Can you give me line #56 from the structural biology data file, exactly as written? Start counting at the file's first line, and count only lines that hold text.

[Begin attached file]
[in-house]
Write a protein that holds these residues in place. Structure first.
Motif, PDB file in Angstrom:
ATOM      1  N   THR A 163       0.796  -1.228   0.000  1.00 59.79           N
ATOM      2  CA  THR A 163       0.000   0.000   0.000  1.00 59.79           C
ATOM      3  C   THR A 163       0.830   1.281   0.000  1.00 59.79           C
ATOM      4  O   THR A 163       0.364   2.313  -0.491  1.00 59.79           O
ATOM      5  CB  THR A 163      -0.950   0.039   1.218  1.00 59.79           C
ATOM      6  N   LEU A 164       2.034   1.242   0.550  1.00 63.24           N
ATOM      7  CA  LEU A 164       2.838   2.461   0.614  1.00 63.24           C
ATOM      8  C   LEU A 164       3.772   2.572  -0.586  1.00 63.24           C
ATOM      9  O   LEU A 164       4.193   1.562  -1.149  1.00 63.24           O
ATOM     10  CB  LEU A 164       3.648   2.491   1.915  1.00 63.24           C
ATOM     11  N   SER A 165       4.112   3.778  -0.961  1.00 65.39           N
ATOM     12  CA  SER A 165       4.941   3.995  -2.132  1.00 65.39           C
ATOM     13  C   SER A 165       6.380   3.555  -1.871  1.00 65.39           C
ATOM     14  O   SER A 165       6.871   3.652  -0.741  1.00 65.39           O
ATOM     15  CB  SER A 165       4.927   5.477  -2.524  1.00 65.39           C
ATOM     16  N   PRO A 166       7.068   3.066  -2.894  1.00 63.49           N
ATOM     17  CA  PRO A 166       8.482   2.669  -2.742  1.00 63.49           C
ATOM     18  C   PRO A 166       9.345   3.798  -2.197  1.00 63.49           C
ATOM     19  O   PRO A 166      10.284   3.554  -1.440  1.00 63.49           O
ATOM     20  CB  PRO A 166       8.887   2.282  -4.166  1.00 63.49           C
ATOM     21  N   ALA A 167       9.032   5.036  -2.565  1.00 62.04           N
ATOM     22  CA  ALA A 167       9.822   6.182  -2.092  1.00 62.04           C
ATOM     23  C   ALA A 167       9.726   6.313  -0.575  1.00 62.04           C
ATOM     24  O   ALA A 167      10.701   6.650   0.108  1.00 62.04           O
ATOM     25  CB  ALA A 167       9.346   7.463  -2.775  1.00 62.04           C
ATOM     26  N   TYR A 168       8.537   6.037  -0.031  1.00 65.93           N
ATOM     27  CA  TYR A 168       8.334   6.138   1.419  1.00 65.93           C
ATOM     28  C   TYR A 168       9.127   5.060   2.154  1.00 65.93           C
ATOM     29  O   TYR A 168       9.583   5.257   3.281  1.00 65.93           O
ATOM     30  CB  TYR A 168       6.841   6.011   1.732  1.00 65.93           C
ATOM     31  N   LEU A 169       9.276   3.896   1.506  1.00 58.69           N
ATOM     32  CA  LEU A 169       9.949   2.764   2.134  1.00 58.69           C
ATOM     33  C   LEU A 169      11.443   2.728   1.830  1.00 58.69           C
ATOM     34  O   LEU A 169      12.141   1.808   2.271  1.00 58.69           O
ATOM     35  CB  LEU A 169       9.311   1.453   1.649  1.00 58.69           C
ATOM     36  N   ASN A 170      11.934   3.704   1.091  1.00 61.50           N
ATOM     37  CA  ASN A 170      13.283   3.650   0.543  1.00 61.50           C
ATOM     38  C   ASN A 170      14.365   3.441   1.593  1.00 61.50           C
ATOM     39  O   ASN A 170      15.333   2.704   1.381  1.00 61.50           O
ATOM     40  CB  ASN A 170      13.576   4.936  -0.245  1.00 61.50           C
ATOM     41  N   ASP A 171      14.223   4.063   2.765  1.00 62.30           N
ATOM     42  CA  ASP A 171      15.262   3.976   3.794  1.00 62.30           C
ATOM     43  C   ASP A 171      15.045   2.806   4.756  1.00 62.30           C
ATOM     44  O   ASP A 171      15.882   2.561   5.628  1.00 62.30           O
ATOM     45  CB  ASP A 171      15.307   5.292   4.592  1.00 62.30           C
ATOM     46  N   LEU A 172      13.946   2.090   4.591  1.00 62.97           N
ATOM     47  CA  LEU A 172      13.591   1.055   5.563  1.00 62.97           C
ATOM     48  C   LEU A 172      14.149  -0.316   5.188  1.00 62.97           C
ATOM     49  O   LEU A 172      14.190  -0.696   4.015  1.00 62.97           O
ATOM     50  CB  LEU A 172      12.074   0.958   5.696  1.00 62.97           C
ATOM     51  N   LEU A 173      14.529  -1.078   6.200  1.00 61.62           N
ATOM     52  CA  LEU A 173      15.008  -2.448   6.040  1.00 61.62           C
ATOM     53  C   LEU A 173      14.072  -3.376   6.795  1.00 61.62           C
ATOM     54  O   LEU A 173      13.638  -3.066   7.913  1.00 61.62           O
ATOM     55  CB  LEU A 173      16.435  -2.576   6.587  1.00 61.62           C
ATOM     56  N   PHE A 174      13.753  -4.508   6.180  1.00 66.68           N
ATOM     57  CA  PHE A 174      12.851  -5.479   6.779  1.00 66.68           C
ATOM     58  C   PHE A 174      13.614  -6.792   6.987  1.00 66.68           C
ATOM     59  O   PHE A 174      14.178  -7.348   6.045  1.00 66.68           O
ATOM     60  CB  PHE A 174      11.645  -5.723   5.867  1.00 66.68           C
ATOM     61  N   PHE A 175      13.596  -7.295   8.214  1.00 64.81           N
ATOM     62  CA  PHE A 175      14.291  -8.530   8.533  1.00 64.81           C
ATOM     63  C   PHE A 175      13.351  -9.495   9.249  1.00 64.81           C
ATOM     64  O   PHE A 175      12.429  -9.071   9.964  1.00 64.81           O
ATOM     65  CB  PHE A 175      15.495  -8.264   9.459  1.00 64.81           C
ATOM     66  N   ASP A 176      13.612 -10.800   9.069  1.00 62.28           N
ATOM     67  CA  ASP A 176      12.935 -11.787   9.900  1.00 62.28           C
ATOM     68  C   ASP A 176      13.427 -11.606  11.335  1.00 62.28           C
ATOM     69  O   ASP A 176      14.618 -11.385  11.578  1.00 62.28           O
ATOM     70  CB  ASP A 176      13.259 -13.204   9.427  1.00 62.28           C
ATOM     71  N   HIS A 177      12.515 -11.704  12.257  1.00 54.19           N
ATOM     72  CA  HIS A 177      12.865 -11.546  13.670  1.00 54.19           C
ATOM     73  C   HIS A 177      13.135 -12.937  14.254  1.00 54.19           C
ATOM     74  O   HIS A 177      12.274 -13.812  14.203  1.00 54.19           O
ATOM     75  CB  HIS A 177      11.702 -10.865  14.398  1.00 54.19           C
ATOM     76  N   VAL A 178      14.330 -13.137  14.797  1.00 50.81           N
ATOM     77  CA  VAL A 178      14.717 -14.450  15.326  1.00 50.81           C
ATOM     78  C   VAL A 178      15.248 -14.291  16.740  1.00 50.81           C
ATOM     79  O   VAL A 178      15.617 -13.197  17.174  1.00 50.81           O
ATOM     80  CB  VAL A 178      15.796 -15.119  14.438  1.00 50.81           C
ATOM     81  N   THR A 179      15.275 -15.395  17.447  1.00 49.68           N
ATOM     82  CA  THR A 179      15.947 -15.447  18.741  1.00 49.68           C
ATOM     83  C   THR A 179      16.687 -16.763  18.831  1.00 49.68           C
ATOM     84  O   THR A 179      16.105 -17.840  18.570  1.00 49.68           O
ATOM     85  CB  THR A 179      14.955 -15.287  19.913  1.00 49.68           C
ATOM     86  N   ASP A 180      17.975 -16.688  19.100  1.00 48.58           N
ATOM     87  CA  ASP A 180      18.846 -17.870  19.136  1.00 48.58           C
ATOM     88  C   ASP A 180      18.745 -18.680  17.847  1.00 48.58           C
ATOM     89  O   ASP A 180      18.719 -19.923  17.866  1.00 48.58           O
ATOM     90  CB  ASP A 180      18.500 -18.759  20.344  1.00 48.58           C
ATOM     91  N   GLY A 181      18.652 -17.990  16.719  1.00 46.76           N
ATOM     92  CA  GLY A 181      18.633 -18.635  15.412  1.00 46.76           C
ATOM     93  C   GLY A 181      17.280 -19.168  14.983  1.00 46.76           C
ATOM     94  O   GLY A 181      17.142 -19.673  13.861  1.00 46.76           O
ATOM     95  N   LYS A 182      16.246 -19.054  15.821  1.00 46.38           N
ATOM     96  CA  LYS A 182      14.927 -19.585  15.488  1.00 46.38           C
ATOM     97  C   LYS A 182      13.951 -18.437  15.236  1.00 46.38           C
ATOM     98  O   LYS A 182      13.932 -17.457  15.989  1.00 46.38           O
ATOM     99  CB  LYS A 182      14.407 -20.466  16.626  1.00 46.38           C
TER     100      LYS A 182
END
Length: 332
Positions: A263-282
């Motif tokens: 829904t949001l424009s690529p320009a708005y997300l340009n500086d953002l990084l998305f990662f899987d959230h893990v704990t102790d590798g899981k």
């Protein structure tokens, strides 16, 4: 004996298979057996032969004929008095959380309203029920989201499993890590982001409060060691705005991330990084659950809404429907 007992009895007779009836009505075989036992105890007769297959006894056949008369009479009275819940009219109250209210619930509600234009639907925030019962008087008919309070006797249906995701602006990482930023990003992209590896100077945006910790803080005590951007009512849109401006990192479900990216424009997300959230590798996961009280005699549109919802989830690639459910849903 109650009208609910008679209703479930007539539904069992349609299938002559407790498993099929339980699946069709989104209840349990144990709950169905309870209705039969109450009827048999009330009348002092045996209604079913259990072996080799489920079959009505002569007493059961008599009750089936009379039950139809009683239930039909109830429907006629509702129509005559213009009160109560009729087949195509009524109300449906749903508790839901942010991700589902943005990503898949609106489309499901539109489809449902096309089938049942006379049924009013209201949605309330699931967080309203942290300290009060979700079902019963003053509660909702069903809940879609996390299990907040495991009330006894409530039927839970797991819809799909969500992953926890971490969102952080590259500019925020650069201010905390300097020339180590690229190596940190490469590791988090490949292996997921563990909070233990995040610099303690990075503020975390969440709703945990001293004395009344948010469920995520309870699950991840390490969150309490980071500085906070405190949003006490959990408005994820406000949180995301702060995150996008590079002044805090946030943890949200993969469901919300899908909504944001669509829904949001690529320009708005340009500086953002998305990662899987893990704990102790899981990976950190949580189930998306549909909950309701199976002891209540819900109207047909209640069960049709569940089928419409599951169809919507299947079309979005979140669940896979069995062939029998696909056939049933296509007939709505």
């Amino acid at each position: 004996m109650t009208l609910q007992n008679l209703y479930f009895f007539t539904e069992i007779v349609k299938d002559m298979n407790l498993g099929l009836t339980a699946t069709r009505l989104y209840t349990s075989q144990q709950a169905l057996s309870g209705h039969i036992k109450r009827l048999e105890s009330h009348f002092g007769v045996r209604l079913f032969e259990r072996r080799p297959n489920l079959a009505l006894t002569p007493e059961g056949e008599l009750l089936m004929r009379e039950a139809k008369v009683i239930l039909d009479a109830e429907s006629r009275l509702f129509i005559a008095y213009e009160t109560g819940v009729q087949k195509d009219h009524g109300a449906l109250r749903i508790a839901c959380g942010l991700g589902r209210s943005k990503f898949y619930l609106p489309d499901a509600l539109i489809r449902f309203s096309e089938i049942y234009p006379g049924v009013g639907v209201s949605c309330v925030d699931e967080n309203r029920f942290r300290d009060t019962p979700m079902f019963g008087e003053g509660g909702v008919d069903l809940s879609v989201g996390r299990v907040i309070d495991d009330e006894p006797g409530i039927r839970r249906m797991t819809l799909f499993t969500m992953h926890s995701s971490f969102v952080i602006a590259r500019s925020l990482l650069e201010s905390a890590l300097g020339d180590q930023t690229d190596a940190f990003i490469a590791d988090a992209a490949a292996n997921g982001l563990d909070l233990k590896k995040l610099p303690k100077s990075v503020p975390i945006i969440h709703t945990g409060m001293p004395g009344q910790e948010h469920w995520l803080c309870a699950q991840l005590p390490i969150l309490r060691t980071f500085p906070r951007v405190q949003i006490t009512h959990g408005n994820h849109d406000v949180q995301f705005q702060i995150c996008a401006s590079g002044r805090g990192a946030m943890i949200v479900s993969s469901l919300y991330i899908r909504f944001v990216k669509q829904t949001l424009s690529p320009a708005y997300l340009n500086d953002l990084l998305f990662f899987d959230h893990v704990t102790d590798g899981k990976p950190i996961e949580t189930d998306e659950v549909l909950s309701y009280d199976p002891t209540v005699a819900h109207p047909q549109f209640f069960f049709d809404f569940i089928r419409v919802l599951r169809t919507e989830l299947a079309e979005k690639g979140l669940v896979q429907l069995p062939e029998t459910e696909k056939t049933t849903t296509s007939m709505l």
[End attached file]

ATOM     53  C   LEU A 173      14.072  -3.376   6.795  1.00 61.62           C